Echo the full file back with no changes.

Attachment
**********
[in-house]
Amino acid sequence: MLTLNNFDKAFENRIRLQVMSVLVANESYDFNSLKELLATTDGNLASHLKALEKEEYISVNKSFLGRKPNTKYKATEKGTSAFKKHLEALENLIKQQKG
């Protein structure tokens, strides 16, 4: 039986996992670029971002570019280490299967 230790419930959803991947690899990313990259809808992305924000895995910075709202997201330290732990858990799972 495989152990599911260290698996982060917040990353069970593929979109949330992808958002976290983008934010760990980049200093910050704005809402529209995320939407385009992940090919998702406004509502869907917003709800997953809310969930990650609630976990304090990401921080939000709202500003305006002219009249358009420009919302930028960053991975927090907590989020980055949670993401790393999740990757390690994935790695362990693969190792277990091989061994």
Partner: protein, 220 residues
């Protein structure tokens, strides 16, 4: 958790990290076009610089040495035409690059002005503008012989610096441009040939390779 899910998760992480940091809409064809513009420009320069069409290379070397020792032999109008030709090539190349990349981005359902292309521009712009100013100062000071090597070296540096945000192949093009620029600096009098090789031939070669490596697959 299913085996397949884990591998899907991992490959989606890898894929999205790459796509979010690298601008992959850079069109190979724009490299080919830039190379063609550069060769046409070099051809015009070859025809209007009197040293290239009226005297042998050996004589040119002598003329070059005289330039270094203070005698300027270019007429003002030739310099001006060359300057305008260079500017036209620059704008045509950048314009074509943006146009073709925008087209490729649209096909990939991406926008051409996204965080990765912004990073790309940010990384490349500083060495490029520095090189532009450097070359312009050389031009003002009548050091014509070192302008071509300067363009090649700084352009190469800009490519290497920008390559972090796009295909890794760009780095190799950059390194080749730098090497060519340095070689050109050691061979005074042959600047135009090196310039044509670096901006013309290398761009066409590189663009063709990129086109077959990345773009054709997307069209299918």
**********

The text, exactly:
[in-house]
Amino acid sequence: MLTLNNFDKAFENRIRLQVMSVLVANESYDFNSLKELLATTDGNLASHLKALEKEEYISVNKSFLGRKPNTKYKATEKGTSAFKKHLEALENLIKQQKG
């Protein structure tokens, strides 16, 4: 039986996992670029971002570019280490299967 230790419930959803991947690899990313990259809808992305924000895995910075709202997201330290732990858990799972 495989152990599911260290698996982060917040990353069970593929979109949330992808958002976290983008934010760990980049200093910050704005809402529209995320939407385009992940090919998702406004509502869907917003709800997953809310969930990650609630976990304090990401921080939000709202500003305006002219009249358009420009919302930028960053991975927090907590989020980055949670993401790393999740990757390690994935790695362990693969190792277990091989061994």
Partner: protein, 220 residues
């Protein structure tokens, strides 16, 4: 958790990290076009610089040495035409690059002005503008012989610096441009040939390779 899910998760992480940091809409064809513009420009320069069409290379070397020792032999109008030709090539190349990349981005359902292309521009712009100013100062000071090597070296540096945000192949093009620029600096009098090789031939070669490596697959 299913085996397949884990591998899907991992490959989606890898894929999205790459796509979010690298601008992959850079069109190979724009490299080919830039190379063609550069060769046409070099051809015009070859025809209007009197040293290239009226005297042998050996004589040119002598003329070059005289330039270094203070005698300027270019007429003002030739310099001006060359300057305008260079500017036209620059704008045509950048314009074509943006146009073709925008087209490729649209096909990939991406926008051409996204965080990765912004990073790309940010990384490349500083060495490029520095090189532009450097070359312009050389031009003002009548050091014509070192302008071509300067363009090649700084352009190469800009490519290497920008390559972090796009295909890794760009780095190799950059390194080749730098090497060519340095070689050109050691061979005074042959600047135009090196310039044509670096901006013309290398761009066409590189663009063709990129086109077959990345773009054709997307069209299918």